Please also refer to the Life Story Work with all Looked After Children Procedure

Summary reports of the child’s progress for meetings (particularly, if not in attendance)

The supervising social worker will ensure that a foster carer is prepared for any meeting in respect of a child or young person and be supported to complete any reports required.

If a foster carer cannot attend a meeting in respect of a child or young person, they must provide a short summary of the child’s progress to the supervising social worker in good time to be submitted for the meeting and in line with procedural requirements for that meeting.

The summary will need to capture any updates in respect of the child’s health, education, contact, identity, interest and hobbies and behaviour.

The supervising social worker must quality assure the summary, before authorising it and submitting it on behalf of the foster carer

Responsibilities in Relation to Storage and Confidentiality

Records held by a foster carer are the property of the service.

All information provided about a child, or young person is confidential and governed by the Data Protection Act 2018. Information about a child, young person, or their family held or known to a foster carer should only be provided for the purpose of the child or young person’s protection or welfare, or the fostering household’s safety. Whilst the child is in placement the supervising social worker MUST ensure that all information is kept a safe, secure and confidential manner in the carer’s home.

The Supervising social worker should ensure that the foster carer knows that currently, records and documentation cannot be kept electronically in the carer’s personal email or personal computer. This is because deletion and security cannot be guaranteed.

The supervising social worker should ensure that the carer does not agree to receive by personal email any documentation or information from any professional involved with the child or young person in placement.

The supervising social worker should ensure the foster carer understands what would constitute a breach of security or a breach of confidentiality both in relation to documentation and conversation. The supervising social worker should identify with the foster carer those situations where there is a legitimate need to share information relating to the child or young person with family or friends who are involved in their care. However, seemingly innocent conversations within the community could lead to accidental breaches of the child’s confidentiality.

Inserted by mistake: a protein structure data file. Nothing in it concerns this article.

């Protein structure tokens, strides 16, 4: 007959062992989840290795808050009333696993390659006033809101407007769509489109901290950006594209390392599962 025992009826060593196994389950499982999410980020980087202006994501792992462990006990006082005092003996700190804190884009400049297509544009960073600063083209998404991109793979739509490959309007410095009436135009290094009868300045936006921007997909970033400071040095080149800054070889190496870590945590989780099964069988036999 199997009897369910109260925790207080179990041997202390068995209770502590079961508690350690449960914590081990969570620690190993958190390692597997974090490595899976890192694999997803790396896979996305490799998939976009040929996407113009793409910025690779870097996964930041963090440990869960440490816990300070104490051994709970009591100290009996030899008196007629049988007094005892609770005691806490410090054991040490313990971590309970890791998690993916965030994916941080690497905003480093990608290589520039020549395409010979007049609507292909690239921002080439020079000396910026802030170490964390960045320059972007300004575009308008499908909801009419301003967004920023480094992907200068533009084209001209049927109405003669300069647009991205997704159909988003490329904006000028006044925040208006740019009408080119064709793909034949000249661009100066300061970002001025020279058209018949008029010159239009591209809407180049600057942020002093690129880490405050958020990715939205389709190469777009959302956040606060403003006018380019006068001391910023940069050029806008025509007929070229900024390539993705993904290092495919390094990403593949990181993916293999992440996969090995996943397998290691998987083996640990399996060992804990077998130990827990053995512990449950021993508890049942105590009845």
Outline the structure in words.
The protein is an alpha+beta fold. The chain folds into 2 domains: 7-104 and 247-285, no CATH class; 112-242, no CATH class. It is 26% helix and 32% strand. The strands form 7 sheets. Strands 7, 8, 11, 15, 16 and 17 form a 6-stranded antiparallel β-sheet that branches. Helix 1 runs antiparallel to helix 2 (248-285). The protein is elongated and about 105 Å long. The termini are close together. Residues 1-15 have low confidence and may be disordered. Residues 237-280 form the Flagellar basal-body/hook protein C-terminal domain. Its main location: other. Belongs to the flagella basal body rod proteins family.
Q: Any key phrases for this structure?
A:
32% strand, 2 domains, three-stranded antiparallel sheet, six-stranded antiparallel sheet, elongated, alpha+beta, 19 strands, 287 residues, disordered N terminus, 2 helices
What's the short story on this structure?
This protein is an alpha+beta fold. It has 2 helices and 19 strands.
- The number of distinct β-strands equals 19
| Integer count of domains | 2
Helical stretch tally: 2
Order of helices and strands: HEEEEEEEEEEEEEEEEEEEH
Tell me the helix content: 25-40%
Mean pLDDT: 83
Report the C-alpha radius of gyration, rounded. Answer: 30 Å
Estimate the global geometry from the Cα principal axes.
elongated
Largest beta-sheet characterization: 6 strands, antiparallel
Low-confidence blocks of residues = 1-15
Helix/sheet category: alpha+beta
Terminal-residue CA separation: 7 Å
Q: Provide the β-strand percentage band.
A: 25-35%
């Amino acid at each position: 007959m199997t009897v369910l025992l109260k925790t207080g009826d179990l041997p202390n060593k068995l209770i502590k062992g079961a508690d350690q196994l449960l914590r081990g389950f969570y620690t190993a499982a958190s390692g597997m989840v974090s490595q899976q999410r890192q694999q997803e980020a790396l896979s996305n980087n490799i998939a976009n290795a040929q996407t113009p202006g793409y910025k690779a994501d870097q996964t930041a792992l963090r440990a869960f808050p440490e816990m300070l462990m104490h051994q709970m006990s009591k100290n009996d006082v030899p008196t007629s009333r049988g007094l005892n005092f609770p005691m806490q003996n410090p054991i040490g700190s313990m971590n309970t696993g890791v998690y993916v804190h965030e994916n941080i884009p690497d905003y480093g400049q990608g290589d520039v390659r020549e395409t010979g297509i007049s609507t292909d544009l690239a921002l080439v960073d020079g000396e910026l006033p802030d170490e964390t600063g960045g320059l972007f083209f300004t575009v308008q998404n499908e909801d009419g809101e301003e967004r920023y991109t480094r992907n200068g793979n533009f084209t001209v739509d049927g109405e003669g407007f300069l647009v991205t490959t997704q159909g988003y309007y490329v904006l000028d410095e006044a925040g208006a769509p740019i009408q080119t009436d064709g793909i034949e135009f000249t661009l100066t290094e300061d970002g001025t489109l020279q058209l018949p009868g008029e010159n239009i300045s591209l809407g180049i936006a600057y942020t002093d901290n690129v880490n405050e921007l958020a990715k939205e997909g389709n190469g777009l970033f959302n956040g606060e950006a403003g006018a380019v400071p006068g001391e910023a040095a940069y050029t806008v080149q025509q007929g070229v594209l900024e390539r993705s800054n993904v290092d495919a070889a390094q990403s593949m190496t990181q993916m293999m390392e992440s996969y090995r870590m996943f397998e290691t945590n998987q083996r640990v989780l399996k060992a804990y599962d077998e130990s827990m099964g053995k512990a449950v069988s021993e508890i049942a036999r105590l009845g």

The supervising social worker should ensure the foster carer understands that a breach of confidentiality could lead to a review, at panel, of their suitability to foster carer.

Maintaining Standards

Supervising social workers must ensure that foster carer(s) are adhering to the Fostering Minimum Standards (Standard 24) and the Data Protection Act 2018 by ensuring support, guidance and training is provided to foster carers. For example, through supervision, providing exemplars, peer support and formal training.

Where standards are continually not adhered to, this could lead to a review, at panel, of the foster carer(s) suitability as a foster carer.

End of Placement

At the end of a placement the supervising social worker will ensure that all documentation relating to a child or young person is collected and retained as required and in accordance with policy and procedure.

The supervising social worker shall record on the foster carers file the date he/she arrived and left and when the information was returned to the Department


Appendix 1: Accident and Incident Report Form

Click here for Appendix 1: Accident and Incident Report Form

Original Publication Date March 2021
Last Review Date New policy
Next Review Date March 2022

End